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In July, scientists with NASA’s Goddard Institute for Space Studies released a startling finding: Each of the first six months of 2016 were the warmest occurrences of their respective months in modern history.

Then in mid-November, as higher temperatures continued round the globe, the World Meteorological Organization announced it was likely that 2016 would turn out to be the hottest year ever recorded.

The new findings emphasize what science has increasingly documented in recent years: Climate change is already affecting the environment and it is increasingly causing harm to human health.

While some people think of climate change as something that is far off in the future, “it is impacting people right now,” according to APHA member David Fukuzawa, MSA, MDiv, managing director of the Kresge Foundation’s Health and Human Services Program. Through its environmental program, the foundation is working to help communities build resilience and protect public health in the face of climate change.

“The impact on human health needs to be elevated in the discussion on climate change.

Armed with growing evidence and calls for action, APHA declared in November that 2017 will be the Year of Climate Change and Health. Made possible in part through the support of the Kresge Foundation, the observance will be used to increase understanding on climate change by harnessing the strength of the public health and environmental workforce.

“We want APHA members to protect their communities from the health impacts of climate change,” said Natasha DeJarnett, PhD, MPH, APHA’s environmental health policy analyst. “To do that, we need to expand understanding.”

The Year of Climate Change and Health is being recognized at an important time in human history. As global temperatures continue to rise, public health officials are concerned about the link to human health, both now and in the future. From 2030 to 2050, about 250,000 additional people are expected to die every year from the effects of climate change, such as malnutrition, malaria and diarrhea, according to the World Health Organization.

If global emissions remain steady, by 2100, global temperatures could be 2.6-4.8 degrees Celsius above pre-industrial levels, the Intergovernmental Panel on Climate Change has projected. And those temperatures may be underestimated, a new study warns. Published in November in Science Advances, the study predicts that a rise of 5.9 degrees Celsius is likely by 2100, based on the way carbon dioxide levels rise during warm weather.

Global temperatures in 2016 were already about 1.2 degrees Celsius above pre-industrial levels, according to November’s preliminary data from the World Meteorological Organization.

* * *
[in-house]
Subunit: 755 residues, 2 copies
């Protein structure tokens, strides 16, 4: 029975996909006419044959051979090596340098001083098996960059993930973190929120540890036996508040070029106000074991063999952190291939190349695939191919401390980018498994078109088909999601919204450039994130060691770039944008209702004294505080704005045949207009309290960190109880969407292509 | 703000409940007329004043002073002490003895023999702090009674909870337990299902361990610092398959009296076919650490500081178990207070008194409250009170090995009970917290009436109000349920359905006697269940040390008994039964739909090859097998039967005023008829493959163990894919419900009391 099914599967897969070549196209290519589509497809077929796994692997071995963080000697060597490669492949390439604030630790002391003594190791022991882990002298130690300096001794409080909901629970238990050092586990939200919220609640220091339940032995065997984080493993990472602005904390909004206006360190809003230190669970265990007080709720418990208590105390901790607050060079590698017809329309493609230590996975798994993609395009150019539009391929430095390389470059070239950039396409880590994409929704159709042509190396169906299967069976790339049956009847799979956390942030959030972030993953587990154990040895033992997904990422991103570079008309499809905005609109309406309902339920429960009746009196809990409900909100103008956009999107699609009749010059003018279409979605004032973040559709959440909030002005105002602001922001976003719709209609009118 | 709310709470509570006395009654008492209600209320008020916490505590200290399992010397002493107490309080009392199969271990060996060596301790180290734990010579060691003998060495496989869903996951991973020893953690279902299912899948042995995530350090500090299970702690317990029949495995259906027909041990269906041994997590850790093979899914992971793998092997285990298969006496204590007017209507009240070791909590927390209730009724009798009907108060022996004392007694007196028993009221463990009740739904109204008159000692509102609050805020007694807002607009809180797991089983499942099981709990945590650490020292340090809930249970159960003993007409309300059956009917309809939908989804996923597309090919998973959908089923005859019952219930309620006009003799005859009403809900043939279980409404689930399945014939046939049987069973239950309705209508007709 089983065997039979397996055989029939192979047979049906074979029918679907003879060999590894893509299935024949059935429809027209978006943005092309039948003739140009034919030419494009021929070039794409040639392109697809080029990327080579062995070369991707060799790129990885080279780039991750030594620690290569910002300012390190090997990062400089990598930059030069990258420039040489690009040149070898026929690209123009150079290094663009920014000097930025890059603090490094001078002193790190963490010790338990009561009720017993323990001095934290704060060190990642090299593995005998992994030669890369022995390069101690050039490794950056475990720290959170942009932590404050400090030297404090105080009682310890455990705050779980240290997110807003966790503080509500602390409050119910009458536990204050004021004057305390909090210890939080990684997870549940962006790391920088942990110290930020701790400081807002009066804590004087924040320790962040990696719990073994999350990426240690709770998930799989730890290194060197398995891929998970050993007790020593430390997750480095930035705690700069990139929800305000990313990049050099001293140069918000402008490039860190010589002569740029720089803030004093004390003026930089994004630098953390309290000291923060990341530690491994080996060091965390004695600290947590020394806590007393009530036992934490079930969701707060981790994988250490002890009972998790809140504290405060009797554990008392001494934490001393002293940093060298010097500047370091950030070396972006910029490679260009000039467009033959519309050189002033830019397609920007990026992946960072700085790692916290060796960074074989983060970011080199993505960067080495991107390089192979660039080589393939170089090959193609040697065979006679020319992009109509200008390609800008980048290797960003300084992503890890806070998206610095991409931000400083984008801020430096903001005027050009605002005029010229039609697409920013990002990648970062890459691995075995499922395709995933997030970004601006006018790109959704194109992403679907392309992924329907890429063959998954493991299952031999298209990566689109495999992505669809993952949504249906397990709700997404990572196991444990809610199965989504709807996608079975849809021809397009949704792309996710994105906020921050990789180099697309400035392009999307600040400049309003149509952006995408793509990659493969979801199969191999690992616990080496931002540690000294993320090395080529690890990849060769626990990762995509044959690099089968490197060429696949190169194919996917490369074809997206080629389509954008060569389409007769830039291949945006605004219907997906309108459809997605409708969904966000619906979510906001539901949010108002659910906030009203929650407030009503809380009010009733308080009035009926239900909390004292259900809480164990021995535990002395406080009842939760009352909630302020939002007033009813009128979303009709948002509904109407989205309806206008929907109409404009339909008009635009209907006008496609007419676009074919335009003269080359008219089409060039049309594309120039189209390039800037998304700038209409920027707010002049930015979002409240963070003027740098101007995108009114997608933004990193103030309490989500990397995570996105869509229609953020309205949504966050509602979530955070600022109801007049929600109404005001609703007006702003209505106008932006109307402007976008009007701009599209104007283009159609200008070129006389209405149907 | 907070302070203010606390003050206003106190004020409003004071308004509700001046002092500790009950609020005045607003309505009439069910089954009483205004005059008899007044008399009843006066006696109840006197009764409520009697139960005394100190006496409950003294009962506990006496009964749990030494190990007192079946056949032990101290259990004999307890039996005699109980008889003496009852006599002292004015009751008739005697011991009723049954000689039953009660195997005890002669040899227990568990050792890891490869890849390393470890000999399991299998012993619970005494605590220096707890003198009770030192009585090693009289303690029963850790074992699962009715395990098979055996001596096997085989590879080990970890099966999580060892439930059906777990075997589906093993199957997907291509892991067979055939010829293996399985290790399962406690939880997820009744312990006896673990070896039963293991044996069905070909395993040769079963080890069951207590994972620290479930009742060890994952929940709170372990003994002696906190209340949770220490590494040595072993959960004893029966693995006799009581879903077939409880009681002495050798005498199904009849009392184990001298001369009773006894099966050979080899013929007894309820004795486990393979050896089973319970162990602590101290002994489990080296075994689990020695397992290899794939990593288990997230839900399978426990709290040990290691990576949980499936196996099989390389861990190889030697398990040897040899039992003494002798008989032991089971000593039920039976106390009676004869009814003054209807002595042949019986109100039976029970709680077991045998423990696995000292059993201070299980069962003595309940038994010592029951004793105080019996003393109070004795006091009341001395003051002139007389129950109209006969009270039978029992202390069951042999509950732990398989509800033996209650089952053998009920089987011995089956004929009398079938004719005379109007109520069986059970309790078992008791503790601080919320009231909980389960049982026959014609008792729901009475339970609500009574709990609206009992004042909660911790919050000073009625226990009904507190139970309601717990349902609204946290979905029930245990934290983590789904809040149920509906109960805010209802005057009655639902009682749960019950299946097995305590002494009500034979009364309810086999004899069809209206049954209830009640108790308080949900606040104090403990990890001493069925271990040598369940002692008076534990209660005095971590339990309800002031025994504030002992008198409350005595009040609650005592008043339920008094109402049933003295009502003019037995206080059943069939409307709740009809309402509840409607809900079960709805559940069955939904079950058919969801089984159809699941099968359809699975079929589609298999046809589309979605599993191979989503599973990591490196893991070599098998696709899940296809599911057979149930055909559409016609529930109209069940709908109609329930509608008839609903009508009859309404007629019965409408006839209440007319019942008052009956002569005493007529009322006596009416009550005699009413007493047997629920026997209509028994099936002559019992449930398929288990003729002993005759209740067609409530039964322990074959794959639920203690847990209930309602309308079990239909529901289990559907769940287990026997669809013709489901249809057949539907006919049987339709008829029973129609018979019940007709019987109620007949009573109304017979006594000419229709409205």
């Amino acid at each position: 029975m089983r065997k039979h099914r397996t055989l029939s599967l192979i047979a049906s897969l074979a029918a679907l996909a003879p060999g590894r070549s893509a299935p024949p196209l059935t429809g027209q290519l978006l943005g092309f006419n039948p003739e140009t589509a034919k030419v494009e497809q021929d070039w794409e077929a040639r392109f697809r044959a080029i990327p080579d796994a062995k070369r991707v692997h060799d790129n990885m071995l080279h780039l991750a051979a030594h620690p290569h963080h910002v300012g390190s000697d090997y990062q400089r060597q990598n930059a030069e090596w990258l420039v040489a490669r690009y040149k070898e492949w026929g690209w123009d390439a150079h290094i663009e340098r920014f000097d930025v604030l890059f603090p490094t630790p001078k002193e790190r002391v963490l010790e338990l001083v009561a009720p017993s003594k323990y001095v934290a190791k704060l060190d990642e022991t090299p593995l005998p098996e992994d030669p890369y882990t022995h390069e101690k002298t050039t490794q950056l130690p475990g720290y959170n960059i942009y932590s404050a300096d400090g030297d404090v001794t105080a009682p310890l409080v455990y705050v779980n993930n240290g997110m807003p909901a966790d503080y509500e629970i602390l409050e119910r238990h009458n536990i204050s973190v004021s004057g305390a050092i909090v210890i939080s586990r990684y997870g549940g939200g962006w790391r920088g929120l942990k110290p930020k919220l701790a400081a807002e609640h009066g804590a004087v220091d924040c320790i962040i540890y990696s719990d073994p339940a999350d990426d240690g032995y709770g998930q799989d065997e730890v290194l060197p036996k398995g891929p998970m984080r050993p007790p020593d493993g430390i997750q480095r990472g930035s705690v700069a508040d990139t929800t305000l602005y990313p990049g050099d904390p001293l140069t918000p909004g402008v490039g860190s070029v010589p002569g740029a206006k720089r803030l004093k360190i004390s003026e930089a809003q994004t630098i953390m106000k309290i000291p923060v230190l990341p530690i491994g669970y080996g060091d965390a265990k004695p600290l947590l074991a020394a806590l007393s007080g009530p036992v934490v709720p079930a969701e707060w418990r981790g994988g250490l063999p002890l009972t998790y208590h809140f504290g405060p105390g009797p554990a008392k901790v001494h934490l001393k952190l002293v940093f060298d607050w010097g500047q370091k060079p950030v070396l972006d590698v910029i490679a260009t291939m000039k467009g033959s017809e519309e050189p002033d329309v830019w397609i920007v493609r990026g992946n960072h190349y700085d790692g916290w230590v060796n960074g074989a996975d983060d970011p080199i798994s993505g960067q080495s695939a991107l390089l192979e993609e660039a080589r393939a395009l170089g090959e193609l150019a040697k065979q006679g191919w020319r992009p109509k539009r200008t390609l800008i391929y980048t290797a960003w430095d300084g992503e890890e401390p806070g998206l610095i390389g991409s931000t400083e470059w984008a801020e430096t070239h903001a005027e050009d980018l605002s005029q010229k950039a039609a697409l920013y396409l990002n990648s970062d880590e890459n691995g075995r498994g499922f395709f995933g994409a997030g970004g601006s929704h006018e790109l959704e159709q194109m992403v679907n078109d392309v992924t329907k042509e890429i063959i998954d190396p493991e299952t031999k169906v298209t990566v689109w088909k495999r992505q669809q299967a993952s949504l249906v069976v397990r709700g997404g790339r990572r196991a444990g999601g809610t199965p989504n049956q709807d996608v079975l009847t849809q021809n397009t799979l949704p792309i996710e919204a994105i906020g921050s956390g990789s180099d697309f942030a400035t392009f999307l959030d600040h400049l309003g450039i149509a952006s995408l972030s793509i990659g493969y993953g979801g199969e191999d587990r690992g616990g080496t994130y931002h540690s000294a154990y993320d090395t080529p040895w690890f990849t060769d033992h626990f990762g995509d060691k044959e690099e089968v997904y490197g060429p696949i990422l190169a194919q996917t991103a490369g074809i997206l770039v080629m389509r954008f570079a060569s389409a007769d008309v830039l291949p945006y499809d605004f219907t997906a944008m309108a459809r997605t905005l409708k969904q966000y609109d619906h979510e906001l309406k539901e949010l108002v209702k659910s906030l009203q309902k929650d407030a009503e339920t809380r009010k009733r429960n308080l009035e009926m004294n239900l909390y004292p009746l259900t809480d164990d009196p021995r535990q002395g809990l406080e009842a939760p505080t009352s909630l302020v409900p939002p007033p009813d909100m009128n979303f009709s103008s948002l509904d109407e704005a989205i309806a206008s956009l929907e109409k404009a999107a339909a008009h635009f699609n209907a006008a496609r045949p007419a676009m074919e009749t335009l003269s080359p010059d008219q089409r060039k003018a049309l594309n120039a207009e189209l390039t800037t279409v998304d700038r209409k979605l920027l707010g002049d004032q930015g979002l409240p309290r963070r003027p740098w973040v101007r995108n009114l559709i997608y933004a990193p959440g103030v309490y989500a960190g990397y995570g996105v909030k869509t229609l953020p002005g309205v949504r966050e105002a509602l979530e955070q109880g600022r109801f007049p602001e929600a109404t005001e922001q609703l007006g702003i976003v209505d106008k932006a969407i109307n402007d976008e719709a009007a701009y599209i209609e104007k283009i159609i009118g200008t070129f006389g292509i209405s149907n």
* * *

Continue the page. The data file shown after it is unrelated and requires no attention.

“The only way out is to reduce greenhouse gas emissions as soon as possible,” said Tobias Friedrich, PhD, of the University of Hawaii’s International Pacific Research Center, who was lead researcher on the Science Advances study.

Global leaders are working to do just that under the Paris Agreement, a treaty that entered into force in November. As of November 20, more than 110 countries and other parties had ratified the treaty, which has a goal of keeping the average global temperature rise from pre-industrial times below 2 degrees Celsius.

While the U.S. committed to the Paris Agreement under President Barack Obama this summer and submitted its climate plan to the United Nations, America’s work to combat climate change is uncertain under the new presidential administration. Under his campaign energy plan, President-elect Donald Trump pledged to cancel the Paris Agreement and end Obama’s Climate Action Plan, which spells out ways in which the U.S. is working to cut carbon pollution.

At a November 15 news conference, U.N. Secretary-General Ban Ki-moon said he had spoken to Trump since the election about the importance of climate change and would be doing so again. Ban said he remained “very optimistic” about efforts to combat climate change.

“The global unity around climate change once seemed to be unthinkable, but now it has become unstoppable,” said Ban, who spoke at the conclusion of COP22, a session of the Conference of the Parties that served as the first official meeting of parties to the Paris Agreement.

Even if action on climate change does stall at the federal level, much can be accomplished at the state and local levels, according to APHA member Linda Rudolph, MD, MPH, co-director of the Climate Change and Public Health Project in the Public Health Institute’s Center for Climate Change and Public Health.

Rudolph encouraged health advocates to work to preserve gains that have been made at the federal level, but to also look toward their communities and regions for action on climate change. She pointed to grassroots work in Oakland, California, last year that successfully led to the rejection of a coal export terminal, which could have affected the health of people both locally and around the world through its contributions to air pollution.

Residents of other states are taking action as well. Across the nation, local leaders and advocates are preparing for climate change and reducing vulnerability, according to a November report from Abt Associates.

“Waiting does not guarantee more or better information, but it does waste valuable time, as vulnerability reduction is a long-term process”.


Source: The Nation’s Health

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